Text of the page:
So you have fibroids… Maybe you had an ultrasound to investigate pelvic pain or heavy periods, or you had imaging done for a non gynecologic reason and fibroids were noted incidentally. However they were found, now you know you’ve got them. This is a common scenario in our offices at Kamm McKenzie; once uterine fibroids are identified the obvious next questions are: what are fibroids, and what needs to be done about them!?
What are fibroids?
Fibroids are benign (non-cancerous) tumors that develop from uterine smooth muscle and fibrous connective tissue. They can range in size from very small (a centimeter or so) all the way to the size of a term pregnancy! They can develop in any layer of the uterus: the endometrial lining (the inside of the uterus), the uterine wall, or even just under the uterine serosa (the thin outermost layer of the uterus). Typically slow growing, they reach their maximum size during child bearing years, and diminish in size after menopause. Fibroids are very common, with up to 70% of women estimated to have fibroids by midlife.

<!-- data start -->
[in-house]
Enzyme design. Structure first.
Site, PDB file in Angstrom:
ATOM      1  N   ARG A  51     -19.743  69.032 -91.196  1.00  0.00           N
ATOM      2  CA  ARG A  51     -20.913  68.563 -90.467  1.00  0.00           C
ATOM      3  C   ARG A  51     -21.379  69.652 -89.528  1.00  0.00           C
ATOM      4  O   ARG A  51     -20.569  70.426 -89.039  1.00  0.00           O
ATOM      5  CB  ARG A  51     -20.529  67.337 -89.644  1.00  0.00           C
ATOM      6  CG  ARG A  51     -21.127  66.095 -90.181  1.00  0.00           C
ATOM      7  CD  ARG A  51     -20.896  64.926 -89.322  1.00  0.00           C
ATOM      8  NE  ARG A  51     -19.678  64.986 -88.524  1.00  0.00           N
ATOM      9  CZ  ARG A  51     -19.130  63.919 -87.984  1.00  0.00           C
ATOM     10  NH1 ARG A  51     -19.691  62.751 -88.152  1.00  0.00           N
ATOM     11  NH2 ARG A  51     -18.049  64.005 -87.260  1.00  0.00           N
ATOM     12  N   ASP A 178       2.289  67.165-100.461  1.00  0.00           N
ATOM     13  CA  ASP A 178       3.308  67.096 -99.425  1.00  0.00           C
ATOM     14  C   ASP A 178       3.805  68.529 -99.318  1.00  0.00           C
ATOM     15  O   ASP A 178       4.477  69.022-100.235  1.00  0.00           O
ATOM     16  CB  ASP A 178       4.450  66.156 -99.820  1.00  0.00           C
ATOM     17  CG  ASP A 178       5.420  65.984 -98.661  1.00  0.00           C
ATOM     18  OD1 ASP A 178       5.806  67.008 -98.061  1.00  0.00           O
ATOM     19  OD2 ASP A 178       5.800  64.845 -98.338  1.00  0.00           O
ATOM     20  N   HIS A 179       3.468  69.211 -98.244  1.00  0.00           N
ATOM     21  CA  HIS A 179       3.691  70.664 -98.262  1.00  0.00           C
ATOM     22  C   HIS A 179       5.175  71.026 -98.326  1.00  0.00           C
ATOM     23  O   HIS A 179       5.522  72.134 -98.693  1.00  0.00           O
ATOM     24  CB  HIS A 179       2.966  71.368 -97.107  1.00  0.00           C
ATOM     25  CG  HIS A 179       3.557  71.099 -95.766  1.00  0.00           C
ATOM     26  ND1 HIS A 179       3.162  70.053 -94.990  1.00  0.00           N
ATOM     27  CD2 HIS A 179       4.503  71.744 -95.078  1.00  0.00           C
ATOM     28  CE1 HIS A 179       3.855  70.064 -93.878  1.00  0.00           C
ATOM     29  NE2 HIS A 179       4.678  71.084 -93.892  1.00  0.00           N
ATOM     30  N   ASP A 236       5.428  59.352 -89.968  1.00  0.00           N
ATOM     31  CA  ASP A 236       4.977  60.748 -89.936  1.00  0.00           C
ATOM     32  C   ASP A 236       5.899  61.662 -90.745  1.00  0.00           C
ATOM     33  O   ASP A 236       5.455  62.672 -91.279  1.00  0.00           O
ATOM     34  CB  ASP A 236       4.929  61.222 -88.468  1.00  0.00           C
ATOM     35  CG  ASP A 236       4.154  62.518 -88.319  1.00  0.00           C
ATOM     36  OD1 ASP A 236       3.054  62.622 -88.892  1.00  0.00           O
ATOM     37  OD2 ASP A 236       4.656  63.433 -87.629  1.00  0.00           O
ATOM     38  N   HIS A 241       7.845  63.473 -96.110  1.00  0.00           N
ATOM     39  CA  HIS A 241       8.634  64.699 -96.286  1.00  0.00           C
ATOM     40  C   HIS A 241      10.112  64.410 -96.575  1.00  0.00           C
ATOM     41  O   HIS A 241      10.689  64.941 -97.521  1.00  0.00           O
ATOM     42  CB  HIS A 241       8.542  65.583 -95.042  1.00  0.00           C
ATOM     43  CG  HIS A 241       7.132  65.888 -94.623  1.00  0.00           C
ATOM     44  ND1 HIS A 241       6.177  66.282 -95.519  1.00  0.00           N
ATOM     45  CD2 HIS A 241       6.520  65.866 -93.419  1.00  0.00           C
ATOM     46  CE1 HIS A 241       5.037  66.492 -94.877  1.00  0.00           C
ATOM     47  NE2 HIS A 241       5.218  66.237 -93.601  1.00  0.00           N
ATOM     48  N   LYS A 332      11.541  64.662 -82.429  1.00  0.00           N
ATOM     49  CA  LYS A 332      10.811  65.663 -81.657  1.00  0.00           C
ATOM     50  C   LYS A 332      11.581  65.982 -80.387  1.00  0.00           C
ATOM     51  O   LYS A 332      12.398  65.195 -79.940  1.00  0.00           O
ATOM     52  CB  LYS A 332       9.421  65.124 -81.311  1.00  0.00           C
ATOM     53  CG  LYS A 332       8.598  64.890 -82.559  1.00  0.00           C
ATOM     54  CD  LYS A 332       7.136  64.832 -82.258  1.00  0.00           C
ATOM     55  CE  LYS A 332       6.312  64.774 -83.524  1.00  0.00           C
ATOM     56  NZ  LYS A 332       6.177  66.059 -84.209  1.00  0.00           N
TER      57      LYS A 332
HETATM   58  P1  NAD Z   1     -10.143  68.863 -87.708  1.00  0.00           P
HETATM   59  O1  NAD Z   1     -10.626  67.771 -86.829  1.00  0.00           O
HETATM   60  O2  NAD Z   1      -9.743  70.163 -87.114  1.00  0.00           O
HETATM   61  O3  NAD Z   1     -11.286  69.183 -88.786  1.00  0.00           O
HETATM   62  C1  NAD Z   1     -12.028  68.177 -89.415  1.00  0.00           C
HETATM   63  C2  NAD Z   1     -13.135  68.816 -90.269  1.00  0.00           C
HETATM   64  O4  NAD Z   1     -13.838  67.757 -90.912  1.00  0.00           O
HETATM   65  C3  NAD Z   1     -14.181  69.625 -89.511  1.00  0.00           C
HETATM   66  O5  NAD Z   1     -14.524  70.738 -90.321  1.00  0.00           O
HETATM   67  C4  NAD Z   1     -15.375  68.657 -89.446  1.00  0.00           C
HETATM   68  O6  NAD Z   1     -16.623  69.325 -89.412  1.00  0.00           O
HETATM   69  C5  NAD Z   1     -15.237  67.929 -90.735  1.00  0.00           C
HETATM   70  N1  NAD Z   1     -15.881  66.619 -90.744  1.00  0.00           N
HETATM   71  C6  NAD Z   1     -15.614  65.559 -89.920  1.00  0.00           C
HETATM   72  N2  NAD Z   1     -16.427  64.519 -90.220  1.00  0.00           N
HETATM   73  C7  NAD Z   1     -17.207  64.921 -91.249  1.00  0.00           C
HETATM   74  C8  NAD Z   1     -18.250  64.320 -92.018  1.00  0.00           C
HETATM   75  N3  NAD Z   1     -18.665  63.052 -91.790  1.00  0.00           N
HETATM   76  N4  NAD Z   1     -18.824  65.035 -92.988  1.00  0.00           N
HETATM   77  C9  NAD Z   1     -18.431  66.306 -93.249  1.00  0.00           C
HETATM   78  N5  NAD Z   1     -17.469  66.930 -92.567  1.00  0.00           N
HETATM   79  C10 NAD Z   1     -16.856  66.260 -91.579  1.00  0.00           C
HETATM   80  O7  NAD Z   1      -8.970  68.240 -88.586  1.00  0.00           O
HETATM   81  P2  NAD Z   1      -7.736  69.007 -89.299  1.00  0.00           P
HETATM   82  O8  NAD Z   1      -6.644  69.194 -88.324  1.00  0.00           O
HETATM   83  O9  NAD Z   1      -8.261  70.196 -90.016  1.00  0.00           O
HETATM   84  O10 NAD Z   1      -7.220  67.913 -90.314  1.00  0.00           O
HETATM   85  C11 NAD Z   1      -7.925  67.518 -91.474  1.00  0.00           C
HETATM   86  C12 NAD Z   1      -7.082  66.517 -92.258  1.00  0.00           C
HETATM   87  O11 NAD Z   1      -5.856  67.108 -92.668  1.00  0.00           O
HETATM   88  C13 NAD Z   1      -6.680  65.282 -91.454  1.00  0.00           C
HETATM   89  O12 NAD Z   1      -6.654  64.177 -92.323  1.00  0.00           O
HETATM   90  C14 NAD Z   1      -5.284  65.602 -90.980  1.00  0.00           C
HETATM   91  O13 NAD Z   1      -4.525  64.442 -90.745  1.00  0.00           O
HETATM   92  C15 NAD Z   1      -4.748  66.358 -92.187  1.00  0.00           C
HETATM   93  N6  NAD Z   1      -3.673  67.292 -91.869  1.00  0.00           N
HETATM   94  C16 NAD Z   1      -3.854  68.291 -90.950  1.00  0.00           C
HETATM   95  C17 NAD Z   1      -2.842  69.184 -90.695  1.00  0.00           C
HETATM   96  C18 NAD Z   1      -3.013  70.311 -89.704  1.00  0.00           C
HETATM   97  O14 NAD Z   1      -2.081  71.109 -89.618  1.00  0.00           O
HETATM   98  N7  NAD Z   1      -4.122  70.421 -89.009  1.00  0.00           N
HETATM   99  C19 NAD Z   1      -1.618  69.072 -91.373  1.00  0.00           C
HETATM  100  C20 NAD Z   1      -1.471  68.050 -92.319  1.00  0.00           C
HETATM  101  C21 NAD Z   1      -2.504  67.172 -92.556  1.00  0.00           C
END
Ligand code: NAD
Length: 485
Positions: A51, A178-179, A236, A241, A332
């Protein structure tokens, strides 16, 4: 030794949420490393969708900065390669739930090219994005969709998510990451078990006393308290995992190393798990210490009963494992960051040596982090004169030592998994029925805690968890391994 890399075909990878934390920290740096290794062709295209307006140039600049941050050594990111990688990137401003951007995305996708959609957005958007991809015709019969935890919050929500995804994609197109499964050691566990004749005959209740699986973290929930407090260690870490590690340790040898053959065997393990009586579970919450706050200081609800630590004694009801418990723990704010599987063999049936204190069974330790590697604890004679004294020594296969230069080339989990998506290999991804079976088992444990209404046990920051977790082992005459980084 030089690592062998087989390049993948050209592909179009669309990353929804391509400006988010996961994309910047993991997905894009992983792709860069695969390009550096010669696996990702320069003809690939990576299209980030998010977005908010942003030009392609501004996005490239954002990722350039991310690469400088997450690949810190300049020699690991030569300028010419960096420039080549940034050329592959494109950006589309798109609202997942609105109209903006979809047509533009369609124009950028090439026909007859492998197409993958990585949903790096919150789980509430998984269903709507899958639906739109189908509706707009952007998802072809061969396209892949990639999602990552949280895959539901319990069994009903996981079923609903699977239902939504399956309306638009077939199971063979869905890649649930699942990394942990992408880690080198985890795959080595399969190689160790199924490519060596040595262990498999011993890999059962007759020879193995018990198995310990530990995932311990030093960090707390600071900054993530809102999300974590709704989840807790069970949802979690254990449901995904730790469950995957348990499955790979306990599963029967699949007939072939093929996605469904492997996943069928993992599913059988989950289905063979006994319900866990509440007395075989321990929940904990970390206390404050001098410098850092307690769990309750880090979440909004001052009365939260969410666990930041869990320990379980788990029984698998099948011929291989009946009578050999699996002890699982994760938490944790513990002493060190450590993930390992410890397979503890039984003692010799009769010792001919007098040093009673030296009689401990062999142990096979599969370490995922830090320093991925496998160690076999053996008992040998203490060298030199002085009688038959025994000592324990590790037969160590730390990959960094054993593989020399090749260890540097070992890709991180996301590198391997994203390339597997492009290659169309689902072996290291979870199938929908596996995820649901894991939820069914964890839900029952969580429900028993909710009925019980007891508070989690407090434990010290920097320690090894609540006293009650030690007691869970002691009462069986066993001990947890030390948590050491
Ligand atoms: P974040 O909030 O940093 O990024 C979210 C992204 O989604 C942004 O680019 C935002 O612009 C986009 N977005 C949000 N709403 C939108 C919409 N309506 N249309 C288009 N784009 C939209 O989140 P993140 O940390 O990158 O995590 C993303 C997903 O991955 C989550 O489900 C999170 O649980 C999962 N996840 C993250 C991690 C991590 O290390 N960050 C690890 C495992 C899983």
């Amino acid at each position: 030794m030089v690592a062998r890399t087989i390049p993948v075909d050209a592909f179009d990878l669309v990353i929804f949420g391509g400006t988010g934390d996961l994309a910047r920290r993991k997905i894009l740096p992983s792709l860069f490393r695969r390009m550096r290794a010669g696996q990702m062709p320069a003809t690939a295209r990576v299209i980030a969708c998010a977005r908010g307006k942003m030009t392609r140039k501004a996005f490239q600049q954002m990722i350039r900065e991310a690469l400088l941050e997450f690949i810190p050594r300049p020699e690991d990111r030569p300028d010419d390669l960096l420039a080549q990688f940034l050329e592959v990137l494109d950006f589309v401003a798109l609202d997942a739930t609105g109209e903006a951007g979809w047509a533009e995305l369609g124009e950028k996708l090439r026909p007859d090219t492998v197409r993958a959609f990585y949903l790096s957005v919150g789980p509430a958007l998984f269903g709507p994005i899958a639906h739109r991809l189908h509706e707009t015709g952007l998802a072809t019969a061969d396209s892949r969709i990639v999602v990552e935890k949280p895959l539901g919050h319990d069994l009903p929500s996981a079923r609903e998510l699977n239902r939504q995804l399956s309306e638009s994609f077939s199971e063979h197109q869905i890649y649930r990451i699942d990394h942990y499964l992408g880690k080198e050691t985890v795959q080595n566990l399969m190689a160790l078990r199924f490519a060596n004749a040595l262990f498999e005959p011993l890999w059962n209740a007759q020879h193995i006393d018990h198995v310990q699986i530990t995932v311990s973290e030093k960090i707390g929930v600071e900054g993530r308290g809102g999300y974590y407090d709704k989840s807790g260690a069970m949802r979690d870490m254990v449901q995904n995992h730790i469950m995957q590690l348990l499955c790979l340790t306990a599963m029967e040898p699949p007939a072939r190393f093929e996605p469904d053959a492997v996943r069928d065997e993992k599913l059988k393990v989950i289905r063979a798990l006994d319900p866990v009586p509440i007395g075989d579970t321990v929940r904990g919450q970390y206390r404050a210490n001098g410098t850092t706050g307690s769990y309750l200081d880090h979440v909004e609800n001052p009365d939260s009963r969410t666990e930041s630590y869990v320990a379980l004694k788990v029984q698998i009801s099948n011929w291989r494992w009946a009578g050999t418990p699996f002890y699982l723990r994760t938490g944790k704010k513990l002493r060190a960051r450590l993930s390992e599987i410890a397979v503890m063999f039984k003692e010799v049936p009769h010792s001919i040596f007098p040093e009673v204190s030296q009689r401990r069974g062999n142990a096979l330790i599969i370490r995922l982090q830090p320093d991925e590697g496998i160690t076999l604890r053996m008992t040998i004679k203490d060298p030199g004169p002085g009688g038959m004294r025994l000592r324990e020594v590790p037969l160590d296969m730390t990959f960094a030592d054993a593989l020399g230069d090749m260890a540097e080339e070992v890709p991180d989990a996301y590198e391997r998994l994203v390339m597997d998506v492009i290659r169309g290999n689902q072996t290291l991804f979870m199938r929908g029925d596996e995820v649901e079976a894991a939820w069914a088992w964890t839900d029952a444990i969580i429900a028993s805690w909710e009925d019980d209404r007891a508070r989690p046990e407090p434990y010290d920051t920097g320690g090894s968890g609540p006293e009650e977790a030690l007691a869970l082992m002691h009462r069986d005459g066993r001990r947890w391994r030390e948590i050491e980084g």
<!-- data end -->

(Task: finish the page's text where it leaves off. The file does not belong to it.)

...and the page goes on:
What do you need to do about them?
Maybe nothing! Many fibroids cause minimal or no symptoms. Only about 25% of people with fibroids develop symptoms bothersome enough to require treatment. Symptoms generally fall into two categories: bleeding and bulk related (depending on size, location and number of fibroids, patients often have symptoms in both categories). Fibroids can cause heavy periods or irregular bleeding, especially if they contact the endometrial lining. Bleeding can be so severe or prolonged that is can lead to anemia (low red blood cells) and iron deficiency. They can also contribute to pelvic pain and pressure. Sometimes fibroids can make sex painful or uncomfortable. Fibroids can lead to urinary or bowel issues too, like urinary frequency and constipation.
Treatment for fibroids depends on their location and size, and what symptoms they are causing. There are a number of management options for fibroids including expectant management (watchful waiting), medications, vascular procedures and surgery. Surgical approaches include myomectomy, radio frequency ablation, and hysterectomy (definitive management).
If you are diagnosed with fibroids, you should talk with your provider about your symptoms, goals, and treatment options. Stay tuned for future blog posts on the surgical treatments for fibroids!
Written by Dr. Buckheit / Follow her on Instagram @calibmd